This is the Third Part of a Series on the URS which governs all new gTLDs.
The URS (Uniform Rapid Suspension System) is intended to offer a lighter complement to the existing UDRP (Uniform Domain Name Dispute Resolution Policy). All of the new gTLD extensions are subject to the URS Rules. If you are going to invest in any of the new gTLDs that will be flooding the market, you need to be aware of how these new rules will effect your investments.
PART I – What is the URS and how does it differ from the UDRP? Can be found here –
DOMAINERS BEWARE! The new gTLD extensions are all subject to the new URS. How will that effect you?
PART II – What should you, the Respondent in a URS Action, do if you are served with a Complaint?
PART III – Who are the Panelists, now known as Examiners?
Unlike the UDRP, there is only one Examiner who is appointed by the Provider (WIPO or NAF). Alist of the panelists is published here http://domains.adrforum.com/panel.aspx, but it doesn’t really matter as neither party has any say on who will be appointed.
The National Arbitration Forum has published its Supplemental Rules which is very clear on the qualifications of its examiners.
(a) All Forum Examiners will take an oath to be neutral and independent.
(b) A Examiner will be disqualified if circumstances exist that create a conflict of interest or cause the Examiner to be unfair and biased, including but not limited to the following:
(i) The Examiner has a personal bias or prejudice concerning a party or personal knowledge of disputed evidentiary facts;
(ii) The Examiner has served as an attorney to any party or the Examiner has been associated with an attorney who has represented a party during that association;
(iii) The Examiner, individually or as a fiduciary, or the Examiner’s spouse or minor child residing in the Examiner’s household, has a direct financial interest in a matter before the Examiner;
(iv) The Examiner or the Examiner’s spouse, or a person within the third degree of relationship to either of them, or the spouse of such a person:
(1) Is a party to the proceeding, or an officer, director, or trustee of a Party; or
(2) Is acting as a lawyer or representative in the proceeding.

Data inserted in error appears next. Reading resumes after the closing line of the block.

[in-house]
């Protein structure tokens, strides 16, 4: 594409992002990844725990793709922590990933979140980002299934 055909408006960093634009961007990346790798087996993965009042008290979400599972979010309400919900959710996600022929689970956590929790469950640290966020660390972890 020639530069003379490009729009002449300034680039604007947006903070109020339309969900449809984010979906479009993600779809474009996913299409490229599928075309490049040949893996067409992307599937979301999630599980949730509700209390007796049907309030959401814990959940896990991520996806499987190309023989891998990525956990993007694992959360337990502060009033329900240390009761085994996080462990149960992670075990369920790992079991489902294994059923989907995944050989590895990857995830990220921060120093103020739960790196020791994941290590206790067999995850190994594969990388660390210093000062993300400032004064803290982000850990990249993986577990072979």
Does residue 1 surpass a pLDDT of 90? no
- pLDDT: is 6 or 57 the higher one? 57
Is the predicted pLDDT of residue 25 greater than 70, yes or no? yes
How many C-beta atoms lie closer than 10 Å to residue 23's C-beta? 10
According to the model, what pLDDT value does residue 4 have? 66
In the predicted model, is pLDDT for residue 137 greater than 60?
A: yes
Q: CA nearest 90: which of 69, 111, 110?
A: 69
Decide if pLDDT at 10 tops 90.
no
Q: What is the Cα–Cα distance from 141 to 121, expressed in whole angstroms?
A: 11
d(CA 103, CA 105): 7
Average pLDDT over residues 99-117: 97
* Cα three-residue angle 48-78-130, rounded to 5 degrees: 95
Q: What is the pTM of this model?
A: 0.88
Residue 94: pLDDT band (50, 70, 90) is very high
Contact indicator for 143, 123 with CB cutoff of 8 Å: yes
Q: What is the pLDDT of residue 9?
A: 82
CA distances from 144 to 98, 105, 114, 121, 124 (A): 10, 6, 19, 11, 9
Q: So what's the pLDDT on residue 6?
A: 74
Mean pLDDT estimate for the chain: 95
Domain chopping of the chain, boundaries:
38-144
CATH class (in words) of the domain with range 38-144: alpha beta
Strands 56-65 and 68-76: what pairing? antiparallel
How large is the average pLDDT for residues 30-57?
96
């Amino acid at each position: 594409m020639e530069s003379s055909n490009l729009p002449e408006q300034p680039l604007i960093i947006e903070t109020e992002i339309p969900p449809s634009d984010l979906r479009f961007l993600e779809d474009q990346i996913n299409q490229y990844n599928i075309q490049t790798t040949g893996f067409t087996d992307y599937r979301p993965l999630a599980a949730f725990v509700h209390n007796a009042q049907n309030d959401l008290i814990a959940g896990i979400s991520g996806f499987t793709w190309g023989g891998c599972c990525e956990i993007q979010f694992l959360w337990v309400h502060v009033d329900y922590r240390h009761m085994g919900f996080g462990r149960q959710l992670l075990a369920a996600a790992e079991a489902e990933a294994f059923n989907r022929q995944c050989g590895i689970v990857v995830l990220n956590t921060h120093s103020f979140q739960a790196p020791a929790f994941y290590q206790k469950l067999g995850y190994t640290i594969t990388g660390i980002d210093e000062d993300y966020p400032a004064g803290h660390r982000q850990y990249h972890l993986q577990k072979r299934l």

(c) A party may challenge the selection of a Examiner, provided that a decision has not already been published, by filing with the Forum a written request stating the circumstances and specific reasons for the disqualification.
(d) A request to challenge must be filed in writing with the National Arbitration Forum within one (1) Business Day of the date of receipt of the notice of the selection.
(e) Provided a Determination has not already been published by the selected Examiner, the Forum will promptly review the challenge and determine whether circumstances exist requiring Examiner disqualification in accord with this rule. The decision of the Forum is not subject to appeal.
What this all means is that if you don’t like the Examiner who has been appointed to hear your URS case, you have one day to state your challenge to the Examiner and your basis for doing so must be one of the reasons outlined above. If not, you’re toast!
However, unlike the UDRP, there is an Appeal process which we will discuss in Part IV.
Thanks for “listening”
The Neu Facebook
There have been some really bad examiners that don’t seem to be impartial at all. I think these are all positives for the domain owner. The time frames are quite unfair, 24 hours to complete anything in business is a lofty goal. We haven’t reviewed the new rules in its entirety yet, thank you for highlighting this.
If these kangaroo hearings allow generic domains to be highjacked can a domain owner still proceed to a real court for remedy? Didn’t a domain owner do this in the past when a bad udrp decision was passed and wasn’t that domain owner awarded a cash judgement for the theft attempt?
Part IV of this series will discuss the Appeal Procedure. While you cannot appeal a UDRP Action, but rather have 10 days after an adverse ruling to file a law suit in the jurisdiction of the Registrant or the Registrar, you CAN appeal a URS decision.